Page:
His resistance against the uncle landed him at SARS as a kidnapper and armed robber. Then, it was either in the second or third night of my staying in the condemned cell, the door of the cell opened late one night. What I saw was a touch light. Names were being called one after the other; 17 names in all including the small boy and they were ordered out and the door closed back.”
”It did not take more than 15 minutes, gunshots filled the air, ‘nne moh nne moh’ (my mother my mother) is all I could hear. The 17 young men were slaughtered in cold blood. I lost it that night. My system just shut down. It was either the 4th or 5th day that the door opened one morning and it was the same deputy that called my name and told me to come out.”
”No energy was left in me because I had not eaten real food except periodic slices of bread. He bought me something to eat along with a malt drink.
As time went on, I discovered that the case has hanged. I was subsequently transferred to Cell 1. After some days, I was called into the leader’s office to see my wife and my lawyer Professor Umenweke Nnama Meshach. I tried to get Dr. Justin Nwankwo to join me but they refused.”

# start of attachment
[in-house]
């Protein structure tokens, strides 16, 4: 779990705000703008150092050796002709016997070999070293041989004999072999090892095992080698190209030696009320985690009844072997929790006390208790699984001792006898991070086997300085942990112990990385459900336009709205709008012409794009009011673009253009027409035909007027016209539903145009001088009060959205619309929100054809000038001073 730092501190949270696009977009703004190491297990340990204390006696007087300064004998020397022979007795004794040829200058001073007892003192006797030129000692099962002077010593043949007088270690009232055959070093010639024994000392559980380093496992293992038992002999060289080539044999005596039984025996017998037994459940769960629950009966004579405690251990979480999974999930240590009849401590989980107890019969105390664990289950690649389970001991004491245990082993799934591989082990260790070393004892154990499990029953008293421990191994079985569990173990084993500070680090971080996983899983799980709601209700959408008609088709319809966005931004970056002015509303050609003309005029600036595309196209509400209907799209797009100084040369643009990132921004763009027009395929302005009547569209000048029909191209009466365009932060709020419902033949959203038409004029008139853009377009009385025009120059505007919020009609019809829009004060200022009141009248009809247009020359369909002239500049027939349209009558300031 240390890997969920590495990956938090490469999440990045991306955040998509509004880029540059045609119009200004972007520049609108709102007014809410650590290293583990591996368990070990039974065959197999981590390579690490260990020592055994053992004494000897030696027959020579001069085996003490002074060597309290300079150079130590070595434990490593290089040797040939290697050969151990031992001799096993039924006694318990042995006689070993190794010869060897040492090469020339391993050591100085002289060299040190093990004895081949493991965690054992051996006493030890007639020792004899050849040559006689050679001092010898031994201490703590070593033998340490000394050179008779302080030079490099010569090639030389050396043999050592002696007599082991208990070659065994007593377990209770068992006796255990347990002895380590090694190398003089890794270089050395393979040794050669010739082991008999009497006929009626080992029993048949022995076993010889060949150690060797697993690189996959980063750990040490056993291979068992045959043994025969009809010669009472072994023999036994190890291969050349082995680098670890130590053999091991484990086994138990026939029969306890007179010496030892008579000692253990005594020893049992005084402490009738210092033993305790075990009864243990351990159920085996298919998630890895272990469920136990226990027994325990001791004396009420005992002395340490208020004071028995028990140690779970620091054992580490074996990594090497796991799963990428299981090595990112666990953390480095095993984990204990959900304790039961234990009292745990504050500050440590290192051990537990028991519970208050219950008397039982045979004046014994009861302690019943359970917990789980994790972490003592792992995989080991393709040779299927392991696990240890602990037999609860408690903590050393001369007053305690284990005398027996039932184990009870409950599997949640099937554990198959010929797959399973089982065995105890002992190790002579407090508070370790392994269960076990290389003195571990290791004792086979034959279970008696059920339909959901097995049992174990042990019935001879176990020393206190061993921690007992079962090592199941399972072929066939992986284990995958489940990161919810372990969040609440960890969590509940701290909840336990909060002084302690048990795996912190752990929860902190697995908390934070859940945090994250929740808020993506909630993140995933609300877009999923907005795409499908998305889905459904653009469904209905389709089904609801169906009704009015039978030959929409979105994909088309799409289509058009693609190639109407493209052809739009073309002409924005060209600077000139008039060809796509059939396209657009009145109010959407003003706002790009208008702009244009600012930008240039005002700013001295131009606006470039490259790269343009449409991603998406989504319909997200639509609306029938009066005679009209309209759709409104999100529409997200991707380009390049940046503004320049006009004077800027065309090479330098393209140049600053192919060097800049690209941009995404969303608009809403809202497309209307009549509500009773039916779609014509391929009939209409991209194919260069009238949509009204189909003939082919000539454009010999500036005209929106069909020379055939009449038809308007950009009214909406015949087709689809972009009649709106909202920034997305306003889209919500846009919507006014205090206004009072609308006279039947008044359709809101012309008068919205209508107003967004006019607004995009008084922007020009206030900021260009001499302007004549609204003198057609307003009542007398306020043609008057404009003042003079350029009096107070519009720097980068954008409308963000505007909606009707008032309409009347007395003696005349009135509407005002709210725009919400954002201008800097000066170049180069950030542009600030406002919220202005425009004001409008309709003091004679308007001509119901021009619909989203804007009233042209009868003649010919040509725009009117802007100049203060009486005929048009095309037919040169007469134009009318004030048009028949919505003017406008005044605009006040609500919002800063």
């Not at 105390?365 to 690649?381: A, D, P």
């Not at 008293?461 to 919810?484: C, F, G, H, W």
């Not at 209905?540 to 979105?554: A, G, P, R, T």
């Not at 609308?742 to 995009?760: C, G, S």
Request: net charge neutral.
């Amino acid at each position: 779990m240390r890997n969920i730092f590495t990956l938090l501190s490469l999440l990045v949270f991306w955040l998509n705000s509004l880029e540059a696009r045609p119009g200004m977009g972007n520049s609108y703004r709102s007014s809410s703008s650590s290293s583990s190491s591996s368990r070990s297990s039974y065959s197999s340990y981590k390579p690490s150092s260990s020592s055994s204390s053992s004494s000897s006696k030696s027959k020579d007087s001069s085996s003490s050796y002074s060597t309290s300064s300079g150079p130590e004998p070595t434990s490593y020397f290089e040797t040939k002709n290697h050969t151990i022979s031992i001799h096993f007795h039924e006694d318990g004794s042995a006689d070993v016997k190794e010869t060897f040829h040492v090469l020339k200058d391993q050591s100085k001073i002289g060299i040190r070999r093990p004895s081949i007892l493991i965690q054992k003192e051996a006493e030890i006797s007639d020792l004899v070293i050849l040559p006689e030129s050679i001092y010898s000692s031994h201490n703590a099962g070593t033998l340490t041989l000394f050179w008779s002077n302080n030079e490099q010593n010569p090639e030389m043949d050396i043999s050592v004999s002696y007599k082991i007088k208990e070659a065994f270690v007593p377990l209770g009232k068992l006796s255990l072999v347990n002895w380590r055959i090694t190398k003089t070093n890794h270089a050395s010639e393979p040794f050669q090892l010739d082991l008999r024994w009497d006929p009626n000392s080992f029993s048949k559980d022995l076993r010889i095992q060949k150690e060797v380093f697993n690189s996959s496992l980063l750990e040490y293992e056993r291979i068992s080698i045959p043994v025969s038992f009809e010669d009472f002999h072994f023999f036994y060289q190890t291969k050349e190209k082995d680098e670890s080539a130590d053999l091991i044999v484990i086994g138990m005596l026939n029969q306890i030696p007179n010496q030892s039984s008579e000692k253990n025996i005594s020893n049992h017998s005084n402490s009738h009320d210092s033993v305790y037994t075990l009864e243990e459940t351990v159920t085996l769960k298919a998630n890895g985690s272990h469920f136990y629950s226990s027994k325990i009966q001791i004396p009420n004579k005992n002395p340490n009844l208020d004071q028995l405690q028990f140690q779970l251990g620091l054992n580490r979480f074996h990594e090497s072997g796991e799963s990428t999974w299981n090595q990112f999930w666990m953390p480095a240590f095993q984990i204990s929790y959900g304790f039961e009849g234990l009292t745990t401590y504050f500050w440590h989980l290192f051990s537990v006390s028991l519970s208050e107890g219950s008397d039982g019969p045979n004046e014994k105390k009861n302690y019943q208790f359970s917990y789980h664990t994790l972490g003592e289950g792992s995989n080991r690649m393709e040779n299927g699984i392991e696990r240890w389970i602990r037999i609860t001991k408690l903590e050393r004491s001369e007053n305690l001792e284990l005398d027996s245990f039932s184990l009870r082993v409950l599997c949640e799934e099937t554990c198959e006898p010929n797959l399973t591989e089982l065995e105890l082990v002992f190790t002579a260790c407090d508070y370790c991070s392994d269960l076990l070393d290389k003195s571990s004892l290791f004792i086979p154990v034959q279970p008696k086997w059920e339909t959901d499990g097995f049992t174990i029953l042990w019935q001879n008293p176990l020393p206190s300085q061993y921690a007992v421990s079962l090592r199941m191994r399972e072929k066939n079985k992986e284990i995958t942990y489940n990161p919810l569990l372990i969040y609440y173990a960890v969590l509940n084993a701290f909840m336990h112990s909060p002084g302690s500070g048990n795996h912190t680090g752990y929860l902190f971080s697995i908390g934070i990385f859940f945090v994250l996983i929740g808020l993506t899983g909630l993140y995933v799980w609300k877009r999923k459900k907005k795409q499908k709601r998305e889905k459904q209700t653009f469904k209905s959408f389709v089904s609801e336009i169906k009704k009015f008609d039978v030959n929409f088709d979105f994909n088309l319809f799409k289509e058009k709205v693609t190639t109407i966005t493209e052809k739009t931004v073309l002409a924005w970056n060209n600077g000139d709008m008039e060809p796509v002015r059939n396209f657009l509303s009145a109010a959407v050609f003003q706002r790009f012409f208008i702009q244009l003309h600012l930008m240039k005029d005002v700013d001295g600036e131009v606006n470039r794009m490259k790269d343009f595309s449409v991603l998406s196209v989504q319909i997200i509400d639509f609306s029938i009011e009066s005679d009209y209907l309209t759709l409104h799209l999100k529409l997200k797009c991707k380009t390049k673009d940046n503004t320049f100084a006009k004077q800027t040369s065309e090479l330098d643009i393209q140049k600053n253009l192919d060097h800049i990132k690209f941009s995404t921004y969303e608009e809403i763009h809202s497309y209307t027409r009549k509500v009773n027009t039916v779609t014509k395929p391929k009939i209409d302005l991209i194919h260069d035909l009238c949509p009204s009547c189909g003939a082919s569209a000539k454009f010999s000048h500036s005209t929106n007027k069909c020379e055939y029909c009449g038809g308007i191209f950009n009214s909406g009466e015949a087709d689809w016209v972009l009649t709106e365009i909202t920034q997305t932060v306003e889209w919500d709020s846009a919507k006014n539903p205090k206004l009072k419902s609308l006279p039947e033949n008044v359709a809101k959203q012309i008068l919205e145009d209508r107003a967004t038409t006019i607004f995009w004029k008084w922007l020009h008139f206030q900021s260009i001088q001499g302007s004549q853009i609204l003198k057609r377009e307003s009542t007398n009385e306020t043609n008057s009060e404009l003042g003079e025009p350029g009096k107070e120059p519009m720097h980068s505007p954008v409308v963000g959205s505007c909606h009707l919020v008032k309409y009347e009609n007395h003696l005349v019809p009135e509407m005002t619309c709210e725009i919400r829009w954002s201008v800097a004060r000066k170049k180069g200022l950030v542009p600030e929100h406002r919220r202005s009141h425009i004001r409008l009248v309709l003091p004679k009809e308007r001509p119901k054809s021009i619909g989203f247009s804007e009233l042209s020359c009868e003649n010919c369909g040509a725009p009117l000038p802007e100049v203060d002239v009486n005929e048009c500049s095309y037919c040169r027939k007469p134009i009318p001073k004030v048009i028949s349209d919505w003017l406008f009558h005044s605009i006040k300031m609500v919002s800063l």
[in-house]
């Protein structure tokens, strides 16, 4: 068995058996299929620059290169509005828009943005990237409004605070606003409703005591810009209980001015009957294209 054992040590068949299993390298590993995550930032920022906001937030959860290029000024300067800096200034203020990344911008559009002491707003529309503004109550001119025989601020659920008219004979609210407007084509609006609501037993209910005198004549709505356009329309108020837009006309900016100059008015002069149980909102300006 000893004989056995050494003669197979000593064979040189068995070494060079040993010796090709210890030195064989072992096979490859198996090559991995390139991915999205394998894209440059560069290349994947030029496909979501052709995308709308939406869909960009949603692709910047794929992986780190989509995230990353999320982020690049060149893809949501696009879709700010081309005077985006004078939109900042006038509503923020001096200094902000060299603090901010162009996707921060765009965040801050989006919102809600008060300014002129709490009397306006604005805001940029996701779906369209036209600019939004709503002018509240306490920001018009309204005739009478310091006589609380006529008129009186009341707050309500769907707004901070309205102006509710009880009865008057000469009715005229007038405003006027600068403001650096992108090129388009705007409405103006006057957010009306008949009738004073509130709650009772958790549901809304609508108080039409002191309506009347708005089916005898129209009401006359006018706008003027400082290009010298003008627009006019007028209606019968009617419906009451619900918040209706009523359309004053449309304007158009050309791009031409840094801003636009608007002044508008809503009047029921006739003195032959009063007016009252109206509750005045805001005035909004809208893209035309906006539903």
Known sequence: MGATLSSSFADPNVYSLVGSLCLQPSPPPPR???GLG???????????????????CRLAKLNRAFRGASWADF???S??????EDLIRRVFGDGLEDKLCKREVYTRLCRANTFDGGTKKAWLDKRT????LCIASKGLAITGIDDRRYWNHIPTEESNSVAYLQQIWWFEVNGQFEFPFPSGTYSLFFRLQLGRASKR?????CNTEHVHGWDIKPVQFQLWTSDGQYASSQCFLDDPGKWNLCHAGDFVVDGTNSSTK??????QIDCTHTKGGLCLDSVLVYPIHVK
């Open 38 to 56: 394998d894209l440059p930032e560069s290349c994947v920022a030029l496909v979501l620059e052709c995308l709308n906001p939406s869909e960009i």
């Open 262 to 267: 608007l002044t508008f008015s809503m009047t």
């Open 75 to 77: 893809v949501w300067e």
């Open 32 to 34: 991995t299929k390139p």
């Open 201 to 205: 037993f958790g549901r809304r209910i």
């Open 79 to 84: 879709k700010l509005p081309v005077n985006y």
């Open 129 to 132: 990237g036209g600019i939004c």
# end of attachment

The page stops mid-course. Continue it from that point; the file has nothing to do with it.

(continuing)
”Even the leader voiced out some frustration when he said the hotel demolition was too fast. This is the same person that told me that I will never see the hotel again. He became unusually friendly towards me, but I knew it was a damage control. The latitude then allowed me to study what truly obtains at the Awkuzu SARS.
”I witnessed some of the tortures and I became aware of some that their cases along with what really happens in the place. I witnessed an incident when a young trading apprentice was arrested by SARS on behalf of the master over a missing N250,000 or thereabout.